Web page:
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Thursday, 26 April, 2001, 16:24 GMT 17:24 UK
IMF urges Europe to cut rates
The US is no longer the engine of world growth
The US is no longer the engine of world growth

By BBC News Online's David Schepp in Washington, DC

Global economic growth is clearly slowing in response to sluggishness in the US economy, but the European Central Bank could do far more to help ease the downturn.


(The ECB) has been subtracting from world economic growth, not adding to it

Michael Mussa, Chief Economist, IMF
That is the message from the International Monetary Fund, which has revised its estimate of global economic growth downward to 3.2% in 2001 from its previous estimate of 4.2%.

The US will feel the bulk of the pain, slipping from a previous yearly growth rate of over 5% to just a forecast of 1.7% for 2001 and 2.5% in 2002.

"The rapid change in the US economic outlook has taken most people by surprise," says an advance copy of the IMF's semi-annual World Economic Outlook. "[It is] the most rapid adjustment in expectations since the early 1990s when the United States entered its last recession."

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At a press conference following the release of the report, Michael Mussa, the IMF's director of research, said that data suggested a "substantial and broadly supported slowdown in worldwide growth."

He said that the likelihood of a world recession was slight, as long as governments and central banks made an appropriate policy response.

But he warned that further falls in US stock markets or consumer confidence could lead to a deeper and longer recession.

ECB criticism

Mr Mussa generally gave glowing remarks for the US's reaction to the economic slowdown.

"The US Federal Reserve has already appropriately cut interest rates by 200 basis points," Mr Mussa said, adding that a tax cut, such as the one proposed by President George W Bush should help stimulate the economy.

He saved his harshest criticism for the European Central Bank for its stubborn stance on interest rates.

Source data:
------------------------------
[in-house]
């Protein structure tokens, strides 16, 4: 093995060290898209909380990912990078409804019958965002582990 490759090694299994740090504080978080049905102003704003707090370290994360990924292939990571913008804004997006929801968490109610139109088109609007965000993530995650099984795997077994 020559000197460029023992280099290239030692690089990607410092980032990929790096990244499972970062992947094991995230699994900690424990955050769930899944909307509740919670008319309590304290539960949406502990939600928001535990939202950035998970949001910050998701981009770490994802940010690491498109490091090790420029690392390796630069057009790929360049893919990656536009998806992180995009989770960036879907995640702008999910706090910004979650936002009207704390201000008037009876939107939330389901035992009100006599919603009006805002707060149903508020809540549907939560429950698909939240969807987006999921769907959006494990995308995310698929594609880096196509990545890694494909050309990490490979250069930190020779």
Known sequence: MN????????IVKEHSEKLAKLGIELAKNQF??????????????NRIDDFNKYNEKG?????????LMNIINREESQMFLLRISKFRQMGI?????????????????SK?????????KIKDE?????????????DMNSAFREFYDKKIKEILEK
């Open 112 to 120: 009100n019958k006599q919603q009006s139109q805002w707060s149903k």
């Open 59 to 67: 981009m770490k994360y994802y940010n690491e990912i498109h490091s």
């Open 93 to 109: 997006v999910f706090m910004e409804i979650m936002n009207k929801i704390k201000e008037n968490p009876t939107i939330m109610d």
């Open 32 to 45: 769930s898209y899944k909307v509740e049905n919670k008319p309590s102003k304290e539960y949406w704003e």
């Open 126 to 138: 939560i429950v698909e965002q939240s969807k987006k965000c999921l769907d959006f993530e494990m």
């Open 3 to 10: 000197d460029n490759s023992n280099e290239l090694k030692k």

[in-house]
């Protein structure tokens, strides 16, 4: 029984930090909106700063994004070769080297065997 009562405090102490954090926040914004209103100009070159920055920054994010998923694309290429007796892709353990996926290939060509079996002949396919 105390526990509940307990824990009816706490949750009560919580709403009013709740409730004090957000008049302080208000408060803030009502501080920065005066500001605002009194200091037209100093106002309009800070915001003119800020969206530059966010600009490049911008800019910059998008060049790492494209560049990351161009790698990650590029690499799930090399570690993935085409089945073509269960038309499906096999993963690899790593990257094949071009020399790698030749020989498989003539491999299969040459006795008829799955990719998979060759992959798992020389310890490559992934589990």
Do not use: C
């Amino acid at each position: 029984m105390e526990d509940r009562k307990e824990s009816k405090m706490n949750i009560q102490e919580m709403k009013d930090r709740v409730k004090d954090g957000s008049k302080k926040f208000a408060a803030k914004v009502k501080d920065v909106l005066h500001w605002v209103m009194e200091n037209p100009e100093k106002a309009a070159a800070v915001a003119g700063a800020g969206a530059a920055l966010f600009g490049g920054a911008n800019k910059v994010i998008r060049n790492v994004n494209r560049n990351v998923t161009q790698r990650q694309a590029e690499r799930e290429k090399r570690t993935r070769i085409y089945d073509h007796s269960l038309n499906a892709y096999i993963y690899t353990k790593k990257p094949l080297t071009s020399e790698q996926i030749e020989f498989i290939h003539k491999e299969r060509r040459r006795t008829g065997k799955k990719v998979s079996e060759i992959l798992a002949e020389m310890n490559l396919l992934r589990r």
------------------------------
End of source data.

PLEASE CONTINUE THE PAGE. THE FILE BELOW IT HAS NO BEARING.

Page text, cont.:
On Thursday the ECB decided to keep interest rates unchanged. They have been held at 4.75% since October, which the Bank argues is a prudent policy which keeps inflation in check.

"The euro area is the one exception to monetary easing," Mr Mussa said.

He added, however, that the balance has shifted toward reducing interest rates. "The case for easing in unambiguous", he said, adding that the euro zone through its strict monetary policies "has been subtracting from world economic growth, not adding to it."

Growth in Europe is expected to slow from 3.4% in 2000 to 2.4% in 2001.

The lack of pro-growth posture has put pressure on the single European currency, the euro, reducing its value in relation to other currencies, Mr Mussa said.

The euro has fallen by nearly 25% against the dollar since its launch two years ago, and is now trading at about $0.90.

UK slows less

The IMF also cut its growth forecast for the UK from 2.8% to 2.6% this year, the smallest revision for any of the major industrial countries

But it warned that the UK remained more vulnerable to external developments than other European economies and the risks were "on the downside."

After noting that "inflationary pressures remain subdued," it urged the Bank of England to cut interest rates further if the economic outlook continues to decline.

"There remains room for further easing if the growth outlook were to deteriorate further," the IMF report said.

Japan in trouble

The IMF is also pessimistic about Japan, where it has cut its growth forecast this year to 0.6%.

In response to a question about Japan's stalled economy, Mr Mussa said, "the Japanese economy does need economic structural reform."

Mr Mussa added that Japan needs to deal with a series of bad loans and suggested that tax increases need not necessarily have a negative effect on growth.

He also said Japan's monetary policy to loosen credit requirements "will put downward pressure on the yen" but that should not be a concern because economic growth takes precedence.

However, he said, if there was excessive depreciation of the yen, the Japanese government should to take action to stop drastic erosion of Japan's currency.

 WATCH/LISTEN
 ON THIS STORY
The BBC's Patrick O'Connell
"The IMF wants more out of the euro-zone"
Hans Reddekker, BNP Paribas
"The European Central Bank will face quite harsh criticism"
Lord Desai, London School of Economics
"We don't get headlines for jobs being created elsewhere"

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See also:

26 Apr 01 | Business
25 Apr 01 | Business
25 Apr 01 | Business
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